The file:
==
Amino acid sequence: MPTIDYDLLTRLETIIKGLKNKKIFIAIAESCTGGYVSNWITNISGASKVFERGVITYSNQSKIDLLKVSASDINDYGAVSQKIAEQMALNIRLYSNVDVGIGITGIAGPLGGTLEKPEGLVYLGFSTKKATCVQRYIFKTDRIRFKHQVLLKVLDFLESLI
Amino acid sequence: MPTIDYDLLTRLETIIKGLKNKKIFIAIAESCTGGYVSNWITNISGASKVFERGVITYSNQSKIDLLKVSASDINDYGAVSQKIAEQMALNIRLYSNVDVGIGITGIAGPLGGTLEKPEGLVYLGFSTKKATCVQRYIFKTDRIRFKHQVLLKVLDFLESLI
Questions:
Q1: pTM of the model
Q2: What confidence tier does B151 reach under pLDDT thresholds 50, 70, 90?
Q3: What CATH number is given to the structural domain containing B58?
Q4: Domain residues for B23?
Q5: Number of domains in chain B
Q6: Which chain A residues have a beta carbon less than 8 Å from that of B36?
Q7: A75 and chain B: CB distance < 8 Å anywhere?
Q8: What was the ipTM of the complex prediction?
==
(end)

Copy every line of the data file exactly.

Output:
Amino acid sequence: MPTIDYDLLTRLETIIKGLKNKKIFIAIAESCTGGYVSNWITNISGASKVFERGVITYSNQSKIDLLKVSASDINDYGAVSQKIAEQMALNIRLYSNVDVGIGITGIAGPLGGTLEKPEGLVYLGFSTKKATCVQRYIFKTDRIRFKHQVLLKVLDFLESLI
Amino acid sequence: MPTIDYDLLTRLETIIKGLKNKKIFIAIAESCTGGYVSNWITNISGASKVFERGVITYSNQSKIDLLKVSASDINDYGAVSQKIAEQMALNIRLYSNVDVGIGITGIAGPLGGTLEKPEGLVYLGFSTKKATCVQRYIFKTDRIRFKHQVLLKVLDFLESLI
Questions:
Q1: pTM of the model
Q2: What confidence tier does B151 reach under pLDDT thresholds 50, 70, 90?
Q3: What CATH number is given to the structural domain containing B58?
Q4: Domain residues for B23?
Q5: Number of domains in chain B
Q6: Which chain A residues have a beta carbon less than 8 Å from that of B36?
Q7: A75 and chain B: CB distance < 8 Å anywhere?
Q8: What was the ipTM of the complex prediction?